This will help get me into my Bible to read and check what he’s saying. Perrin’s book is denser than I expected, but he does a good job helping balance it out by providing good illustrations and by writing in clear, non-academese. 

Recommended?

This is an excellent book on the kingdom of God. This would be the first one I recommend if you are academically-oriented. You will glean a lot from this book. If you are not oriented academically, I would point you to another direction first (like Patrick Schreiner’s short The Kingdom of God and the Glory of the Cross, then Grindheim’s Living in the Kingdom of God). As well, Perrin has a set of video lectures that simplifies the material here. (Check out Zondervan MasterLectures for more online videos.)

What Perrin said early in his book was correct: “The problem [with our lack of knowledge] is not [that Jesus gave us] too little data, but too much, for the kingdom of God constitutes the mother lode of Jesus’ message” (25). How is that a problem? Perrin writes, “If we are content to be cheerfully agnostic on the overriding point of Jesus’ message, what does that say about our commitment to Jesus’ other teachings?” (26).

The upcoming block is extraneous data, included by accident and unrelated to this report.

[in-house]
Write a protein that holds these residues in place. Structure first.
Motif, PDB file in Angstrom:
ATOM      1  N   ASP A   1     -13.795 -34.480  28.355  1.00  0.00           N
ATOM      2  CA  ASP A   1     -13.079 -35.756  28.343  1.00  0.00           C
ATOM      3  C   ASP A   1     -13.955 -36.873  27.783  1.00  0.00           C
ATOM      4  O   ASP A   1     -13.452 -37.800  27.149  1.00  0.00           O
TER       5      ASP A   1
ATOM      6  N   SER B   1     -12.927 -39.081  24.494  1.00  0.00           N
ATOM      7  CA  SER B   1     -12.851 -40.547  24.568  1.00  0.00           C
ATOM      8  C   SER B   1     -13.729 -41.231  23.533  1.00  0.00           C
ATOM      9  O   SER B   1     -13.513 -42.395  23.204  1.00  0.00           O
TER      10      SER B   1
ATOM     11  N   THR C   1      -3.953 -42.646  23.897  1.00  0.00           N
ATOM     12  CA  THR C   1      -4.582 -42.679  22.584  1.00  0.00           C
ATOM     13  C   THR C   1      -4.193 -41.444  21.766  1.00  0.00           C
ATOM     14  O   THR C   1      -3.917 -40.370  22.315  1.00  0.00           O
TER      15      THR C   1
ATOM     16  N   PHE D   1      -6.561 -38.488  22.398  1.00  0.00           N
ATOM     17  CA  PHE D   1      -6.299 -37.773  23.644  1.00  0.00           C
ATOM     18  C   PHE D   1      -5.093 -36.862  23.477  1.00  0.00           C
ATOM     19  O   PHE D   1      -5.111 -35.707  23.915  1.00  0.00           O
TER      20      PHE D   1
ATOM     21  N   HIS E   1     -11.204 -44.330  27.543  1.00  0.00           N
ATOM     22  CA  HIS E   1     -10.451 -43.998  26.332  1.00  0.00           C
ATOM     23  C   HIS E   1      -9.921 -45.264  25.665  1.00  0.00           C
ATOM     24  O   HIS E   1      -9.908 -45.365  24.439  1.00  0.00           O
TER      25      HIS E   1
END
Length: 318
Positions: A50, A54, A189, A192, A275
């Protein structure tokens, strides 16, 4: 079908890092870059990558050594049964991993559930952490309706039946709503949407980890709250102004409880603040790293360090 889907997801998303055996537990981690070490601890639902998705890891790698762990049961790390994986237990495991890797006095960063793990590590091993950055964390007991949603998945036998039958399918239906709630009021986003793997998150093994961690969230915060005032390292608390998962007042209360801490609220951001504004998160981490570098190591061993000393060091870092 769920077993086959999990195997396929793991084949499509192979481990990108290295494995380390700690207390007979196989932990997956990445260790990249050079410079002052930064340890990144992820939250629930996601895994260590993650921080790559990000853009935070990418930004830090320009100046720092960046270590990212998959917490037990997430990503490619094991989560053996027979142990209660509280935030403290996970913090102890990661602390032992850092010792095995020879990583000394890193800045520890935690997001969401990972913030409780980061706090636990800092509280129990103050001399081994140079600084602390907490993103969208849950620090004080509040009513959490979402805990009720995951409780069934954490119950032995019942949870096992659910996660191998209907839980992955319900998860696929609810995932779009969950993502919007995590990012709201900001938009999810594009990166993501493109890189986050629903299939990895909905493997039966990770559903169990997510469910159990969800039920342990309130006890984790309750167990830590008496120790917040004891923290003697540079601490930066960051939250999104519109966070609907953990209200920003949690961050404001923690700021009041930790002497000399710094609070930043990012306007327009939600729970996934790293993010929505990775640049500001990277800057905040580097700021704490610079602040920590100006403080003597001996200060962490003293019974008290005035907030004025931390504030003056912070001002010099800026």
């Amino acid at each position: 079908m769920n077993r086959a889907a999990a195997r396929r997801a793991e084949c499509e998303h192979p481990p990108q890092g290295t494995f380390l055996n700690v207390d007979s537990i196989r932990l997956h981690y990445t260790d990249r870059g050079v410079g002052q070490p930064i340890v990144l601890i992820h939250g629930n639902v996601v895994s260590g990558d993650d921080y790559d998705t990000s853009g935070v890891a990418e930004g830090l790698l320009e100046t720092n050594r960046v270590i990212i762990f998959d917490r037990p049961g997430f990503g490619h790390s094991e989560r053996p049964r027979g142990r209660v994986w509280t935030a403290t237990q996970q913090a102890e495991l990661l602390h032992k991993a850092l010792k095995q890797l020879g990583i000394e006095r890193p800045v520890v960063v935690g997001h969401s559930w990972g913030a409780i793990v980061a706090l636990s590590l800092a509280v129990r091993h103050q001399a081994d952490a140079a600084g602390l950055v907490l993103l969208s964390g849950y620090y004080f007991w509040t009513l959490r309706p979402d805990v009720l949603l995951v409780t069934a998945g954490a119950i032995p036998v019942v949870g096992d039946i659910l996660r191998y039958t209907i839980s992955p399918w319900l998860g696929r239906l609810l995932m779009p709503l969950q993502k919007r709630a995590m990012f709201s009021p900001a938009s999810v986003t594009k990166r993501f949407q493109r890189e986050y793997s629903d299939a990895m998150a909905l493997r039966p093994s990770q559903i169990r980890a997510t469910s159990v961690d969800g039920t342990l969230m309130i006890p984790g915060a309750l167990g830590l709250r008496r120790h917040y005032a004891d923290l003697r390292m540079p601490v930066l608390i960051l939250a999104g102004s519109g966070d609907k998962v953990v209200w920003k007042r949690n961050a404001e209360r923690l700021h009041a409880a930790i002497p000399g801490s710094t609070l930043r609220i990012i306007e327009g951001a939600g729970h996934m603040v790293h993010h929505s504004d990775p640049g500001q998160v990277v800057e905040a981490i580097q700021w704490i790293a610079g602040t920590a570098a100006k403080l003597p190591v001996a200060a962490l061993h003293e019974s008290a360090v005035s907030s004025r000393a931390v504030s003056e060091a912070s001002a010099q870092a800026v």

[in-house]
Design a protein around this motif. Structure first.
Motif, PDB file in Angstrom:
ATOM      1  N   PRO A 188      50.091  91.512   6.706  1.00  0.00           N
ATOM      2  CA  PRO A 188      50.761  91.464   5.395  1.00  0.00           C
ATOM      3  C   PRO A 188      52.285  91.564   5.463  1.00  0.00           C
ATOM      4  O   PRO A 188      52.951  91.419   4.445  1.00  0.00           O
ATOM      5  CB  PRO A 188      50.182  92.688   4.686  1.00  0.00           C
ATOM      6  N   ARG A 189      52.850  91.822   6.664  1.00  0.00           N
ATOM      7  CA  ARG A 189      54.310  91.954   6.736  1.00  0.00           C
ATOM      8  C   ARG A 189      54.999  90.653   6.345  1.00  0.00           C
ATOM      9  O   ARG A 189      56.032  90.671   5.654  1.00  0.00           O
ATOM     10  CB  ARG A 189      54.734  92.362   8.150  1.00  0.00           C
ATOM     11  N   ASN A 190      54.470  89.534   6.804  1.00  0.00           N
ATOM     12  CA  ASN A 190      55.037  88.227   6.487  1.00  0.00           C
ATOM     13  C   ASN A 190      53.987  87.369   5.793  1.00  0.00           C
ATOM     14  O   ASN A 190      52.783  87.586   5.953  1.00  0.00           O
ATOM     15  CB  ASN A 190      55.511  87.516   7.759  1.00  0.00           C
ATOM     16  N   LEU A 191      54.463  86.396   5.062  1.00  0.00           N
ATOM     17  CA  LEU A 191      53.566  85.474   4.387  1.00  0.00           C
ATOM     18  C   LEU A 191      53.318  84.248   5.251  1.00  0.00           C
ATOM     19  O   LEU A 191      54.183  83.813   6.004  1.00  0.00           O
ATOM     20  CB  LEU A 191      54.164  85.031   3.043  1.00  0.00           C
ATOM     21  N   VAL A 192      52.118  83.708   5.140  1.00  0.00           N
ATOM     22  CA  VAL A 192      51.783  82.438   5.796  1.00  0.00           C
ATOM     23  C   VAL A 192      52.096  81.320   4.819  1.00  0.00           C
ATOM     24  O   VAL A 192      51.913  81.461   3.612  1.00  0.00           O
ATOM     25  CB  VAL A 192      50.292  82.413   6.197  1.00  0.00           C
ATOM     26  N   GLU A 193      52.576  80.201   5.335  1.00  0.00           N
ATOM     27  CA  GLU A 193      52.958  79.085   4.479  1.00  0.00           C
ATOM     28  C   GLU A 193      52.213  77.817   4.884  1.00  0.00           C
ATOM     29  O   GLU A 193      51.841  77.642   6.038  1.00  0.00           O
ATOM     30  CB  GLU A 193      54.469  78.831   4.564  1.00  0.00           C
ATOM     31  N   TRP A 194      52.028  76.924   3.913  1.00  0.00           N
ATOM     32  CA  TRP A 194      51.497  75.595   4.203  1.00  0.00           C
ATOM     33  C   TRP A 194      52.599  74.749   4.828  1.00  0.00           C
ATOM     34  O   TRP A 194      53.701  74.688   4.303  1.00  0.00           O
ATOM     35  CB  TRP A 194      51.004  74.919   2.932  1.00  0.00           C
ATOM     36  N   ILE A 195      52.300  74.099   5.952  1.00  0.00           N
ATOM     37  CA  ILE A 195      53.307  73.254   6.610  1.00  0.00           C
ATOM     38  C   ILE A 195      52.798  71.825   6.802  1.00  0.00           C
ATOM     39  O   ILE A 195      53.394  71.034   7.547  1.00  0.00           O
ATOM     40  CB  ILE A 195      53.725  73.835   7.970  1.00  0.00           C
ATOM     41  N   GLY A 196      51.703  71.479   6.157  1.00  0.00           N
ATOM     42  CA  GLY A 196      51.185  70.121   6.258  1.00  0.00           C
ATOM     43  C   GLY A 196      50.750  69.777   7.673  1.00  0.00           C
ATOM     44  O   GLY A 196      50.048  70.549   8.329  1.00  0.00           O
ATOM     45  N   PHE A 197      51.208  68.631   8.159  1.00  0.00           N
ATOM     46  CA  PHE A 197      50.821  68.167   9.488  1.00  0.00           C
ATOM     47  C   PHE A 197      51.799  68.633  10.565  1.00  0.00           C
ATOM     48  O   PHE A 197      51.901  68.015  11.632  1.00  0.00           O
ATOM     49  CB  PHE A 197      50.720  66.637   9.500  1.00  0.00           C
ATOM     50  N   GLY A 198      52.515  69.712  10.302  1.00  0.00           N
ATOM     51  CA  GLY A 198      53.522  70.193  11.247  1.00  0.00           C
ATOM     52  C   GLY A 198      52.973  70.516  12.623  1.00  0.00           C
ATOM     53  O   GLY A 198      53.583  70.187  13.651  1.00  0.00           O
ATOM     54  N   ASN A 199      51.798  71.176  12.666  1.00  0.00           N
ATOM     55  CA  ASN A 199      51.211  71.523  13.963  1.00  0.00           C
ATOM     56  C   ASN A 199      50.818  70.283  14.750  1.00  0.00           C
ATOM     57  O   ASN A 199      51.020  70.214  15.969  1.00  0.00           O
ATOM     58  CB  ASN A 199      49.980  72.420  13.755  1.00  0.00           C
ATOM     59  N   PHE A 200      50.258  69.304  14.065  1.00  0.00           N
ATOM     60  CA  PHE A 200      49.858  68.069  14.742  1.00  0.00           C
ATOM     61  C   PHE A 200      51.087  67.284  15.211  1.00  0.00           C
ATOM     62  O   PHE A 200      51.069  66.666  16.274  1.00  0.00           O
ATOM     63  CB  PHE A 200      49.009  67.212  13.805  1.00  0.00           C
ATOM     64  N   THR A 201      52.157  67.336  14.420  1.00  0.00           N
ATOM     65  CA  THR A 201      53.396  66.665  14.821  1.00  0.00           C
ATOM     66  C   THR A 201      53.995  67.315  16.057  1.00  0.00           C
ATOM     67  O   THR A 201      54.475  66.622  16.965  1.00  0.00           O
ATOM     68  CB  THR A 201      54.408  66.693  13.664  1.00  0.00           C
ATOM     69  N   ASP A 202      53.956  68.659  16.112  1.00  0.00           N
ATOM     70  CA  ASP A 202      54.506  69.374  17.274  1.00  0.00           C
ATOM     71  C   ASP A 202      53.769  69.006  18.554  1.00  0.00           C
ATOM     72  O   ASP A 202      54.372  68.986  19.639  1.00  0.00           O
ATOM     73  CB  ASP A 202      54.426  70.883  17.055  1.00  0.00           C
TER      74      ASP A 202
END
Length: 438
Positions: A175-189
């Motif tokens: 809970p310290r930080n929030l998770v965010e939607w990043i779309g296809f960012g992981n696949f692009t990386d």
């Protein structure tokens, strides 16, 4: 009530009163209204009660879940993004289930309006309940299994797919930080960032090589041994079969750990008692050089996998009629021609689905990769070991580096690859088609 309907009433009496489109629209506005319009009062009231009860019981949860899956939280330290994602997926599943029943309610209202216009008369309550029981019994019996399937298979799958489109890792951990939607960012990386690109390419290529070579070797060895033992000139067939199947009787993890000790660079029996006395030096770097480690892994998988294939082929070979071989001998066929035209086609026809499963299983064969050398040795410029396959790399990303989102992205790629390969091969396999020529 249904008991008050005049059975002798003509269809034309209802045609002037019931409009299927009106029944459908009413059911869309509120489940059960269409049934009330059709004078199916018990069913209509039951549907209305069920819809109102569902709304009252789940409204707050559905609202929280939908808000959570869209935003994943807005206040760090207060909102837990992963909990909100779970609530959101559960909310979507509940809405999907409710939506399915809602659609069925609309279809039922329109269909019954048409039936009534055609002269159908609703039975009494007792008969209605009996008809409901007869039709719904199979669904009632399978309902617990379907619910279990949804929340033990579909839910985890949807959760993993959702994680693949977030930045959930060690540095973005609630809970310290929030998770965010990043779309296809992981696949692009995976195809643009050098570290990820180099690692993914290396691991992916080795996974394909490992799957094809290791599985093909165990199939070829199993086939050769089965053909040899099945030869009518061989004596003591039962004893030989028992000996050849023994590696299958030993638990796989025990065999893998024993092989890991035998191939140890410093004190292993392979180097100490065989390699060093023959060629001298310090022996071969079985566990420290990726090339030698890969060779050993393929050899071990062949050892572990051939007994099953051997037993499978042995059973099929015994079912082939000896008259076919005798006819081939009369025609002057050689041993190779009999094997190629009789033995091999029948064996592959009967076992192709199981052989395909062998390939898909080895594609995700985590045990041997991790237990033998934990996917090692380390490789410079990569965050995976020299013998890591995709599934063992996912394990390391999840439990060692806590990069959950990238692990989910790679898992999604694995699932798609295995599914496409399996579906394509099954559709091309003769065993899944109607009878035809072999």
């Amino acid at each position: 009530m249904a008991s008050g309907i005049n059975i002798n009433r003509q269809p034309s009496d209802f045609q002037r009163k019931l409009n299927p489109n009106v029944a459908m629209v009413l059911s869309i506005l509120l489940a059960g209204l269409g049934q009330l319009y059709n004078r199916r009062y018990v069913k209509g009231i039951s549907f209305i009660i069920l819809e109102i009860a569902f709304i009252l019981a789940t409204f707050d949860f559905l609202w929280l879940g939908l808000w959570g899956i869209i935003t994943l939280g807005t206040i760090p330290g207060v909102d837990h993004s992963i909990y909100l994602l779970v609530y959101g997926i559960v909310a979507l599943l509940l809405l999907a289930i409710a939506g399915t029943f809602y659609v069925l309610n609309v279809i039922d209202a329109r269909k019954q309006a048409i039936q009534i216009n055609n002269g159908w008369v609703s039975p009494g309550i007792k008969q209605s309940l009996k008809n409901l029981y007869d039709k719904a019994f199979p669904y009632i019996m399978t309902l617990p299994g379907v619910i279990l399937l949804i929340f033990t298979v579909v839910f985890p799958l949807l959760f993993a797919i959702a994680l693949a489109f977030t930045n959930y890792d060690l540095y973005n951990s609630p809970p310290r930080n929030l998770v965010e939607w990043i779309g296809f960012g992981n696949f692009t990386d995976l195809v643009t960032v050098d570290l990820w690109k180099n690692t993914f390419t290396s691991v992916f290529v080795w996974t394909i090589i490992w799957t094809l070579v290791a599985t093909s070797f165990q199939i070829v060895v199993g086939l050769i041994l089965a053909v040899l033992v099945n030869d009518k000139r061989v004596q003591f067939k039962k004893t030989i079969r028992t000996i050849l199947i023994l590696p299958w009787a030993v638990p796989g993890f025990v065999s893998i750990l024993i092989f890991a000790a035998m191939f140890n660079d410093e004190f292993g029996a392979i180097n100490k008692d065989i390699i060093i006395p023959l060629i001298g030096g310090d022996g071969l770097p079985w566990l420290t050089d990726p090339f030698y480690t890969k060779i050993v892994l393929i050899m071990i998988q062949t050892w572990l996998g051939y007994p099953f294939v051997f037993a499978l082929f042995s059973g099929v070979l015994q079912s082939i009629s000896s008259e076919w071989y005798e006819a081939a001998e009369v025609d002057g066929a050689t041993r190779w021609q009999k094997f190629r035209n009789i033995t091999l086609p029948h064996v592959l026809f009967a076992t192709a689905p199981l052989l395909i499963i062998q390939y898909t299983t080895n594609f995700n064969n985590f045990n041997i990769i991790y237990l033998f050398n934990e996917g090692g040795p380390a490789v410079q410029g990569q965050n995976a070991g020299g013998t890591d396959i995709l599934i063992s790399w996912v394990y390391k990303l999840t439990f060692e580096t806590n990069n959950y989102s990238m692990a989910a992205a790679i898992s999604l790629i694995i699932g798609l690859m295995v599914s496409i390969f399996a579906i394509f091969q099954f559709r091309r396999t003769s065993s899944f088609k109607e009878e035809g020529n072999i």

The problem is that too few have studied the kingdom of God and how Jesus’ message revolved around it. What should you do? Pick up and read. 

Lagniappe

  • Author: Nicholas Perrin
  • Paperback: 272 pages
  • Publisher: Zondervan Academic (February 26, 2019)

Buy it from Amazon or Zondervan Academic!

Disclosure: I received this book free from Zondervan Academic. The opinions I have expressed are my own, and I was not required to write a positive review. I am disclosing this in accordance with the Federal Trade Commission’s 16 CFR, Part 255 http://www.access.gpo.gov/nara/cfr/waisidx_03/16cfr255_03.html.